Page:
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The reason I am interested in this debate is that the EU/IMF has insisted on the reform and opening to competition of the Irish Medical and Legal oligopolies which tend to be dominated by small, self-regulating professions charging outrageous fees.  In this limited sense the IMF/EU intervention may actually be partially progressive in challenging the local bourgeoisie's stranglehold on key economic sectors. If (for example) much of the Greek public sector is not actually very economically productive - or is actually preventing the emergence of a more productive economy - then the EU/IMF intervention might not be entirely retrogressive however painful it may obviously be for often lowly paid public sector workers. Hence my questions....

Index of Frank's Diaries
by Frank Schnittger (mail Frankschnittger at hot male dotty communists) on Fri Sep 30th, 2011 at 09:14:07 AM EST
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Ah now I understand! There were similar measures imposed by the troika in Greece. These might have the effect of opening up things like notary services or transport to more competition although the way things are set up I suspect that it will actually decrease competition as hundreds of independent truckers say, give way to two or three national or multinational corporations. But most of these were on a slow way to opening up and the sort of dislocation they are causing during a deep depression has societal repercussions.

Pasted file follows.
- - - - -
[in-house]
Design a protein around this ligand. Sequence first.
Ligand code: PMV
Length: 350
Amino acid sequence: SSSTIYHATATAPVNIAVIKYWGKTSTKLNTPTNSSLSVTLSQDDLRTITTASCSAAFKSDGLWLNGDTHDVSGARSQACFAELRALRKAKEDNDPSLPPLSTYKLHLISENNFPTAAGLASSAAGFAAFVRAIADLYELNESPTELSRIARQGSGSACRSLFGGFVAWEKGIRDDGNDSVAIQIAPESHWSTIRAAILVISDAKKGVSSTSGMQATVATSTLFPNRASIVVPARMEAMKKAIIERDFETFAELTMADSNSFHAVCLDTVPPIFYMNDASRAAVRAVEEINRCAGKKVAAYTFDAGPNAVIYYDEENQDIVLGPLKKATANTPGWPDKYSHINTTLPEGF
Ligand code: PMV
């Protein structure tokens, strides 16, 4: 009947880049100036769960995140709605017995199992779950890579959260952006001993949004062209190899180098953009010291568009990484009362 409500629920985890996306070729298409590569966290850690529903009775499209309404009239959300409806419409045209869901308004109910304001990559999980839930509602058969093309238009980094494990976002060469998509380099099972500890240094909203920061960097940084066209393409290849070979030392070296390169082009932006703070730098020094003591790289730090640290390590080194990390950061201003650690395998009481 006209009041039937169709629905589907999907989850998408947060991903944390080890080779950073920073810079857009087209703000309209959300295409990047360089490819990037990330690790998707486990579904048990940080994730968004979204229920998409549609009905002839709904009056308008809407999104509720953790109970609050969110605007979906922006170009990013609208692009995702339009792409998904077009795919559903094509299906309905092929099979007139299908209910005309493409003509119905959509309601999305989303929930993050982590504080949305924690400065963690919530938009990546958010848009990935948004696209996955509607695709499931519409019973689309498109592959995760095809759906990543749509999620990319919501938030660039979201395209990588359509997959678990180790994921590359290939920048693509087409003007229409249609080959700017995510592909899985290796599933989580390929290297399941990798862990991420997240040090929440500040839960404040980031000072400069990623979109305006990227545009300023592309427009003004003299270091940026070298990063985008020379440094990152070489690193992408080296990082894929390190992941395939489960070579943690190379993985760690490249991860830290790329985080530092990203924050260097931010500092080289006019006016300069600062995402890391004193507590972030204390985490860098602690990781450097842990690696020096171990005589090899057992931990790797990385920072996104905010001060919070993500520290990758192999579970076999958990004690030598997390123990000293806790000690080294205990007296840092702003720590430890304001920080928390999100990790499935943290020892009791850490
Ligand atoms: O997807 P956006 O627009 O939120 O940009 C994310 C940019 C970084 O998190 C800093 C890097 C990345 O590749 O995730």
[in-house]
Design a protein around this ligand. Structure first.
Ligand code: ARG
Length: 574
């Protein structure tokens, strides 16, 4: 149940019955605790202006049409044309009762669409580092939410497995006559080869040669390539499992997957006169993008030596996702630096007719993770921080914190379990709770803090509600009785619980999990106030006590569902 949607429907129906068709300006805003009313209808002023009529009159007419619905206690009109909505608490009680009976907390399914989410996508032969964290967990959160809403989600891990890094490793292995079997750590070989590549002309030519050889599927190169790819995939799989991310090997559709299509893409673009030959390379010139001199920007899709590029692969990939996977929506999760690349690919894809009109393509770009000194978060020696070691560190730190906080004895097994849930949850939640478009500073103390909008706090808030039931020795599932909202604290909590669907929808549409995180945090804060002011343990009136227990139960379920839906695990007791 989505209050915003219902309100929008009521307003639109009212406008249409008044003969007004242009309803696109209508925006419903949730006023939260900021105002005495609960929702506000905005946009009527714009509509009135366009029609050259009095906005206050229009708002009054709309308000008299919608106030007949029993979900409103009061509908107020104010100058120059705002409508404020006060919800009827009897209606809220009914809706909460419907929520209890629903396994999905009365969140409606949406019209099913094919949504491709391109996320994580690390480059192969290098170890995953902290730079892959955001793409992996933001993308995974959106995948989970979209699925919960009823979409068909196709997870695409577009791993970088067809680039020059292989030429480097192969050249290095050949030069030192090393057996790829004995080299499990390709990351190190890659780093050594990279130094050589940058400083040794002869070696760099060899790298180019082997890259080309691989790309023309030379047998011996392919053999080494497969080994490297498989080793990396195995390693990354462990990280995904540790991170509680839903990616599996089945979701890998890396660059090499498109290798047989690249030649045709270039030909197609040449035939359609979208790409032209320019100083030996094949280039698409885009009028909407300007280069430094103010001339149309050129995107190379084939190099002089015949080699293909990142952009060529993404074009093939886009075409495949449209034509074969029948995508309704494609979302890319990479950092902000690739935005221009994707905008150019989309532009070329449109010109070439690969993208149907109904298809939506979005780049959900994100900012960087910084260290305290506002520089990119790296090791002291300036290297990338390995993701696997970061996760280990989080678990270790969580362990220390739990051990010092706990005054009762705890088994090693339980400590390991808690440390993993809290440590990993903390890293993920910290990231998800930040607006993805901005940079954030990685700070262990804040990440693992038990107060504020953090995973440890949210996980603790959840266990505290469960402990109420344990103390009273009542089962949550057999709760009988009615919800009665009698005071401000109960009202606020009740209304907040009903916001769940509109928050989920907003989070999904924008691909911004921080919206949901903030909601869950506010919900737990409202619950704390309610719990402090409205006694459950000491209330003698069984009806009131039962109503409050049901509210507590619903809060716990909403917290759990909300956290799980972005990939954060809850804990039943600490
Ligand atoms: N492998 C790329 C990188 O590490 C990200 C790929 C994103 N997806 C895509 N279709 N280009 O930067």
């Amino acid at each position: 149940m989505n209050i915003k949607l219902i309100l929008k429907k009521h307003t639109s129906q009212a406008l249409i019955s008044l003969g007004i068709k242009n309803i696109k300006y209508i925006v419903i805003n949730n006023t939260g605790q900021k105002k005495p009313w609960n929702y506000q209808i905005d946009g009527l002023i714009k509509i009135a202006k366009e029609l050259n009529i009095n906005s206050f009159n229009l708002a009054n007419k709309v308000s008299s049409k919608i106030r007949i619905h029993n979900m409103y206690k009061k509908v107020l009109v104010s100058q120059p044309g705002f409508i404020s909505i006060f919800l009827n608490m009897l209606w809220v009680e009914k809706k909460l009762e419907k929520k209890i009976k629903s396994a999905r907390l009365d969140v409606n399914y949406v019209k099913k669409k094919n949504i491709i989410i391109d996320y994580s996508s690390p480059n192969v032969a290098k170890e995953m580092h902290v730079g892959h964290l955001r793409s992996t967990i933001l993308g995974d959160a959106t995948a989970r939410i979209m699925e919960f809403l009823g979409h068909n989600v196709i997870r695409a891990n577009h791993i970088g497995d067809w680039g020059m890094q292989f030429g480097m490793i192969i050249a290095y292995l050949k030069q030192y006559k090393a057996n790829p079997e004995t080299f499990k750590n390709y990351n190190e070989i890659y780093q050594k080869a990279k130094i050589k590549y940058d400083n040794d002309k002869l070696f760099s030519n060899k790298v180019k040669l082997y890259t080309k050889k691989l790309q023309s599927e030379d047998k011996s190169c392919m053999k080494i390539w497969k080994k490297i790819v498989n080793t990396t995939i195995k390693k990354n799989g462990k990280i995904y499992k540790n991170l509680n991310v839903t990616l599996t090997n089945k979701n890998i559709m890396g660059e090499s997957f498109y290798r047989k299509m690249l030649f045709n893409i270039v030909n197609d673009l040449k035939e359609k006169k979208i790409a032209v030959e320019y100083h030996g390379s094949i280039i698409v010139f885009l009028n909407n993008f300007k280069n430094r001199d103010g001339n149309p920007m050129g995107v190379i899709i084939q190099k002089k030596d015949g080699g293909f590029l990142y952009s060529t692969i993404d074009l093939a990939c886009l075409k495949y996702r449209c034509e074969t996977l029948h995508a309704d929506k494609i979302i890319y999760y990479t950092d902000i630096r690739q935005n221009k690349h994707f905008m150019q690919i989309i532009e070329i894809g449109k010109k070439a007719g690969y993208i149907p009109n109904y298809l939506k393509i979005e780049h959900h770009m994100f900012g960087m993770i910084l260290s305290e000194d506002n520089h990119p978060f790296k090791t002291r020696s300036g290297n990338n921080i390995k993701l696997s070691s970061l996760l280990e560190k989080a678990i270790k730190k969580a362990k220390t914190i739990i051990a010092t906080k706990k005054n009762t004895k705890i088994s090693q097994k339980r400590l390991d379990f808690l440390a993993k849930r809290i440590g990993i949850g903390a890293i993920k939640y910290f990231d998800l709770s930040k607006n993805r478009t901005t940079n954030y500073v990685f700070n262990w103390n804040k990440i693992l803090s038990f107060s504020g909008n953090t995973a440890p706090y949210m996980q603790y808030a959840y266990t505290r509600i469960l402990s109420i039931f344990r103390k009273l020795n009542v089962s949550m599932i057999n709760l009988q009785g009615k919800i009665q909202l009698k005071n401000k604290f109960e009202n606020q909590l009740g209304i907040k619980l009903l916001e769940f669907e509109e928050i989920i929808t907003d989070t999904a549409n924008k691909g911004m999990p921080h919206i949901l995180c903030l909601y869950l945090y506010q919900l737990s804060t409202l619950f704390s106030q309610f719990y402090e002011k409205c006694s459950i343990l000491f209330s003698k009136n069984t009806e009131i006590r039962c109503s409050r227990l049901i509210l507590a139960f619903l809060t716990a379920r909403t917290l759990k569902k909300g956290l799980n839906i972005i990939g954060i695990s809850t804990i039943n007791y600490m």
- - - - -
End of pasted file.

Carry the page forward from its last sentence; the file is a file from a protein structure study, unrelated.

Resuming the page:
What they have eliminated for example, are minimum fees for lawyers and engineers, a measure that seems to have been put originally in place as some sort of obstacle to total tax-evasion. The "opening-up" of certain professions especially in this climate will only have the effect of turning them into oligopolies. They are legislating an opening up of taxi licenses for example, a reasonable measure in regular times which is fought tooth and nail right now by the owners, who fear that they will be burdened with even more costs at a time when already most can't make ends meet. Of course investors have tried already to create taxi companies that would monopolize access to airports for example, in a business agreement with the El.Venizelos managers. So so much for competition.

Much of the Greek public sector is unproductive, but I would argue that so is much of the private sector. The size of the Greek public sector is (was) pretty much average for an OECD country, and there are areas where it is understaffed and others where it is overstaffed. So a rehaul of the public system is in order. But certainly not its reduction in size. Mass and indiscriminate sackings at a time of depression (and ~20% unemployment) are unlikely to help workers in either the private or the public sector.

The road of excess leads to the palace of wisdom - William Blake

by talos (mihalis at gmail dot com) on Fri Sep 30th, 2011 at 10:08:21 AM EST
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